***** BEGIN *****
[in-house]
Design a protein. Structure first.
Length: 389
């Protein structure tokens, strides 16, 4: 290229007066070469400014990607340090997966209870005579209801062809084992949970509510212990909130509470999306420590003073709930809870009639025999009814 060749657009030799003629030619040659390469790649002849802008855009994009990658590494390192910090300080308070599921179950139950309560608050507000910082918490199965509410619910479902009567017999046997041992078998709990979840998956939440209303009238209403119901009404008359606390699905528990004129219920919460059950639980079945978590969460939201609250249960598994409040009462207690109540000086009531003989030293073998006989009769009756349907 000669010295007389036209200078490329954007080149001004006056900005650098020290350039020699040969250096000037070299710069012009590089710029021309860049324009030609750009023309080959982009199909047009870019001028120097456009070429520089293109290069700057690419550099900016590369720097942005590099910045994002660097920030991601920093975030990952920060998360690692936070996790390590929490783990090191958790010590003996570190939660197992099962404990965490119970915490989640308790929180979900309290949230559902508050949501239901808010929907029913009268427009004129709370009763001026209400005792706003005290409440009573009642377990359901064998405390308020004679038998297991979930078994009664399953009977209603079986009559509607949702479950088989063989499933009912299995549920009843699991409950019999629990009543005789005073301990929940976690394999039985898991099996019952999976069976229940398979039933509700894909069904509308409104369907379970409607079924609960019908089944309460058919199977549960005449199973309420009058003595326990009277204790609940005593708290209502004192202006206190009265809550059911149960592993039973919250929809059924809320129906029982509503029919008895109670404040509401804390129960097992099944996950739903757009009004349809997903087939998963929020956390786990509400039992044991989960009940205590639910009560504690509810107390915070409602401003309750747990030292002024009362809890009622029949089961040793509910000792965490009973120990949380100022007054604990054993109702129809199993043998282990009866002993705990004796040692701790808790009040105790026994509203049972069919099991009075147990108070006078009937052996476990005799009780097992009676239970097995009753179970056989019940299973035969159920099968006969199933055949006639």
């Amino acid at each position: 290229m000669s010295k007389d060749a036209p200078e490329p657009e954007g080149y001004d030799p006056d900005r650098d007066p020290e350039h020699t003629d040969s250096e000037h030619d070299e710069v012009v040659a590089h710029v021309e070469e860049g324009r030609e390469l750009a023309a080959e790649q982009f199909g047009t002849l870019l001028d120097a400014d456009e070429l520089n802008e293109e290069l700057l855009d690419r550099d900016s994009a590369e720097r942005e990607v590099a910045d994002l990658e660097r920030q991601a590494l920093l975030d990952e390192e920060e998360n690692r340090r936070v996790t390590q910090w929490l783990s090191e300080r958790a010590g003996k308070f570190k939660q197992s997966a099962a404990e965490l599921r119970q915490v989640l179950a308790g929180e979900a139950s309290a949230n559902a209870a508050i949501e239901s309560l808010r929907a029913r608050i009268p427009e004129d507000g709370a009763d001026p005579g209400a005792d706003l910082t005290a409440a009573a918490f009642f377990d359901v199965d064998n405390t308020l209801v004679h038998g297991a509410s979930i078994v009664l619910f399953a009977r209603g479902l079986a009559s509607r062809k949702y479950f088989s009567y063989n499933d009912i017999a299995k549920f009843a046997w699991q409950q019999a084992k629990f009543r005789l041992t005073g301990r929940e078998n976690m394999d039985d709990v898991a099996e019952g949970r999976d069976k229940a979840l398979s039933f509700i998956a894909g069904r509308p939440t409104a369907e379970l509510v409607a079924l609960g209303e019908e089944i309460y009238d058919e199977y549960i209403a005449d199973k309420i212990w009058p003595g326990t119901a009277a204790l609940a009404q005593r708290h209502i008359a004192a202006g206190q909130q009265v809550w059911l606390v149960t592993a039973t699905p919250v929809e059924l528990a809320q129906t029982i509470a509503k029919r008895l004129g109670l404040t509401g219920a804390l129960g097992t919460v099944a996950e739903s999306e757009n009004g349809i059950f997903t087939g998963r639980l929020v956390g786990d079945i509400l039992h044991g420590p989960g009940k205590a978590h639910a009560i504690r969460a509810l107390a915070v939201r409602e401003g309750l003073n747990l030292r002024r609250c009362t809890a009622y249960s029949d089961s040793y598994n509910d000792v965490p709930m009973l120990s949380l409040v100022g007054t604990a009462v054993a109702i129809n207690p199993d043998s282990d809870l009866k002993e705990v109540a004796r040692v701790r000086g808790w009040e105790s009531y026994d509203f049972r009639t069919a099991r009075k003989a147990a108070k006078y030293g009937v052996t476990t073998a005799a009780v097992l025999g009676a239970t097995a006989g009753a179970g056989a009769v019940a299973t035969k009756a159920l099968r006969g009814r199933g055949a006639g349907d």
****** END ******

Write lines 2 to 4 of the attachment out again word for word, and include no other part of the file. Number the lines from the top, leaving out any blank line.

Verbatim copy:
Design a protein. Structure first.
Length: 389
């Protein structure tokens, strides 16, 4: 290229007066070469400014990607340090997966209870005579209801062809084992949970509510212990909130509470999306420590003073709930809870009639025999009814 060749657009030799003629030619040659390469790649002849802008855009994009990658590494390192910090300080308070599921179950139950309560608050507000910082918490199965509410619910479902009567017999046997041992078998709990979840998956939440209303009238209403119901009404008359606390699905528990004129219920919460059950639980079945978590969460939201609250249960598994409040009462207690109540000086009531003989030293073998006989009769009756349907 000669010295007389036209200078490329954007080149001004006056900005650098020290350039020699040969250096000037070299710069012009590089710029021309860049324009030609750009023309080959982009199909047009870019001028120097456009070429520089293109290069700057690419550099900016590369720097942005590099910045994002660097920030991601920093975030990952920060998360690692936070996790390590929490783990090191958790010590003996570190939660197992099962404990965490119970915490989640308790929180979900309290949230559902508050949501239901808010929907029913009268427009004129709370009763001026209400005792706003005290409440009573009642377990359901064998405390308020004679038998297991979930078994009664399953009977209603079986009559509607949702479950088989063989499933009912299995549920009843699991409950019999629990009543005789005073301990929940976690394999039985898991099996019952999976069976229940398979039933509700894909069904509308409104369907379970409607079924609960019908089944309460058919199977549960005449199973309420009058003595326990009277204790609940005593708290209502004192202006206190009265809550059911149960592993039973919250929809059924809320129906029982509503029919008895109670404040509401804390129960097992099944996950739903757009009004349809997903087939998963929020956390786990509400039992044991989960009940205590639910009560504690509810107390915070409602401003309750747990030292002024009362809890009622029949089961040793509910000792965490009973120990949380100022007054604990054993109702129809199993043998282990009866002993705990004796040692701790808790009040105790026994509203049972069919099991009075147990108070006078009937052996476990005799009780097992009676239970097995009753179970056989019940299973035969159920099968006969199933055949006639």